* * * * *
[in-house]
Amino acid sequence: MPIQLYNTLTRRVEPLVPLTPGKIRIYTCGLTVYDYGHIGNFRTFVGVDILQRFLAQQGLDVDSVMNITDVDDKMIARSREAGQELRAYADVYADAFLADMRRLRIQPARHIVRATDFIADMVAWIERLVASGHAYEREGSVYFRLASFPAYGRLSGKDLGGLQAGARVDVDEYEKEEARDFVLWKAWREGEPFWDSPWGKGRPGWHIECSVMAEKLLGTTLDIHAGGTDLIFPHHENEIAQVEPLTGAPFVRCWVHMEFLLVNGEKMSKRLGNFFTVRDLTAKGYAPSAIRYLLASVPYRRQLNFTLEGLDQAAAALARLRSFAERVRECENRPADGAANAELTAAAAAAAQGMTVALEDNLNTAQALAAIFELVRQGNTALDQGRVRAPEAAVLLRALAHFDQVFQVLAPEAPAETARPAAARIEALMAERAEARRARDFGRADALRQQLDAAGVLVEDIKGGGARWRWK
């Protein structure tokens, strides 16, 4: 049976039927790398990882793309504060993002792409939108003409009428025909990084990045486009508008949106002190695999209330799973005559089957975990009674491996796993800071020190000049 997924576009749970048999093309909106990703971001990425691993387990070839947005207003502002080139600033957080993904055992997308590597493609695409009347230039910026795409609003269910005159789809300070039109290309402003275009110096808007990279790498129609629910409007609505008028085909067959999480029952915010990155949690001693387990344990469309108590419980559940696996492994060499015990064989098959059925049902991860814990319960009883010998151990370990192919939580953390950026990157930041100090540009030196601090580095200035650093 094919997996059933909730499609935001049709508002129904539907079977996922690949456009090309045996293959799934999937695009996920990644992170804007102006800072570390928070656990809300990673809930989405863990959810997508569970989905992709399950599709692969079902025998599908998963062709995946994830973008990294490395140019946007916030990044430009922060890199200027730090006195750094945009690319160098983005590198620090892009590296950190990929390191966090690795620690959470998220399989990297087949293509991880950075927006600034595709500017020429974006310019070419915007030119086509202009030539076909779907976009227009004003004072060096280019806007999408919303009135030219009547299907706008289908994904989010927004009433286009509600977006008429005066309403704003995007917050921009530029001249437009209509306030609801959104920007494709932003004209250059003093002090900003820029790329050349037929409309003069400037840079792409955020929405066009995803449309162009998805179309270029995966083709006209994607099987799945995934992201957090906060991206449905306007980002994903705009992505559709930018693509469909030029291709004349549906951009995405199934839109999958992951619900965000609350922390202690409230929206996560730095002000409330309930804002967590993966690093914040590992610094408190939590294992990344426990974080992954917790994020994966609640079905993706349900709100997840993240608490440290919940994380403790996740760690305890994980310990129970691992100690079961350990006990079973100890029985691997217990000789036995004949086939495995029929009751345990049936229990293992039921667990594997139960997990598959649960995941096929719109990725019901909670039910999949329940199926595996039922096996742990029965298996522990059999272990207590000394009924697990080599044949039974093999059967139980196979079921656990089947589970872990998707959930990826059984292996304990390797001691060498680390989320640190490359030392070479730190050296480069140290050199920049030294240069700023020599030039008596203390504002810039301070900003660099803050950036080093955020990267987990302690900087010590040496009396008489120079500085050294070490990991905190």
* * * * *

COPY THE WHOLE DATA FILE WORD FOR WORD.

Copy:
[in-house]
Amino acid sequence: MPIQLYNTLTRRVEPLVPLTPGKIRIYTCGLTVYDYGHIGNFRTFVGVDILQRFLAQQGLDVDSVMNITDVDDKMIARSREAGQELRAYADVYADAFLADMRRLRIQPARHIVRATDFIADMVAWIERLVASGHAYEREGSVYFRLASFPAYGRLSGKDLGGLQAGARVDVDEYEKEEARDFVLWKAWREGEPFWDSPWGKGRPGWHIECSVMAEKLLGTTLDIHAGGTDLIFPHHENEIAQVEPLTGAPFVRCWVHMEFLLVNGEKMSKRLGNFFTVRDLTAKGYAPSAIRYLLASVPYRRQLNFTLEGLDQAAAALARLRSFAERVRECENRPADGAANAELTAAAAAAAQGMTVALEDNLNTAQALAAIFELVRQGNTALDQGRVRAPEAAVLLRALAHFDQVFQVLAPEAPAETARPAAARIEALMAERAEARRARDFGRADALRQQLDAAGVLVEDIKGGGARWRWK
């Protein structure tokens, strides 16, 4: 049976039927790398990882793309504060993002792409939108003409009428025909990084990045486009508008949106002190695999209330799973005559089957975990009674491996796993800071020190000049 997924576009749970048999093309909106990703971001990425691993387990070839947005207003502002080139600033957080993904055992997308590597493609695409009347230039910026795409609003269910005159789809300070039109290309402003275009110096808007990279790498129609629910409007609505008028085909067959999480029952915010990155949690001693387990344990469309108590419980559940696996492994060499015990064989098959059925049902991860814990319960009883010998151990370990192919939580953390950026990157930041100090540009030196601090580095200035650093 094919997996059933909730499609935001049709508002129904539907079977996922690949456009090309045996293959799934999937695009996920990644992170804007102006800072570390928070656990809300990673809930989405863990959810997508569970989905992709399950599709692969079902025998599908998963062709995946994830973008990294490395140019946007916030990044430009922060890199200027730090006195750094945009690319160098983005590198620090892009590296950190990929390191966090690795620690959470998220399989990297087949293509991880950075927006600034595709500017020429974006310019070419915007030119086509202009030539076909779907976009227009004003004072060096280019806007999408919303009135030219009547299907706008289908994904989010927004009433286009509600977006008429005066309403704003995007917050921009530029001249437009209509306030609801959104920007494709932003004209250059003093002090900003820029790329050349037929409309003069400037840079792409955020929405066009995803449309162009998805179309270029995966083709006209994607099987799945995934992201957090906060991206449905306007980002994903705009992505559709930018693509469909030029291709004349549906951009995405199934839109999958992951619900965000609350922390202690409230929206996560730095002000409330309930804002967590993966690093914040590992610094408190939590294992990344426990974080992954917790994020994966609640079905993706349900709100997840993240608490440290919940994380403790996740760690305890994980310990129970691992100690079961350990006990079973100890029985691997217990000789036995004949086939495995029929009751345990049936229990293992039921667990594997139960997990598959649960995941096929719109990725019901909670039910999949329940199926595996039922096996742990029965298996522990059999272990207590000394009924697990080599044949039974093999059967139980196979079921656990089947589970872990998707959930990826059984292996304990390797001691060498680390989320640190490359030392070479730190050296480069140290050199920049030294240069700023020599030039008596203390504002810039301070900003660099803050950036080093955020990267987990302690900087010590040496009396008489120079500085050294070490990991905190």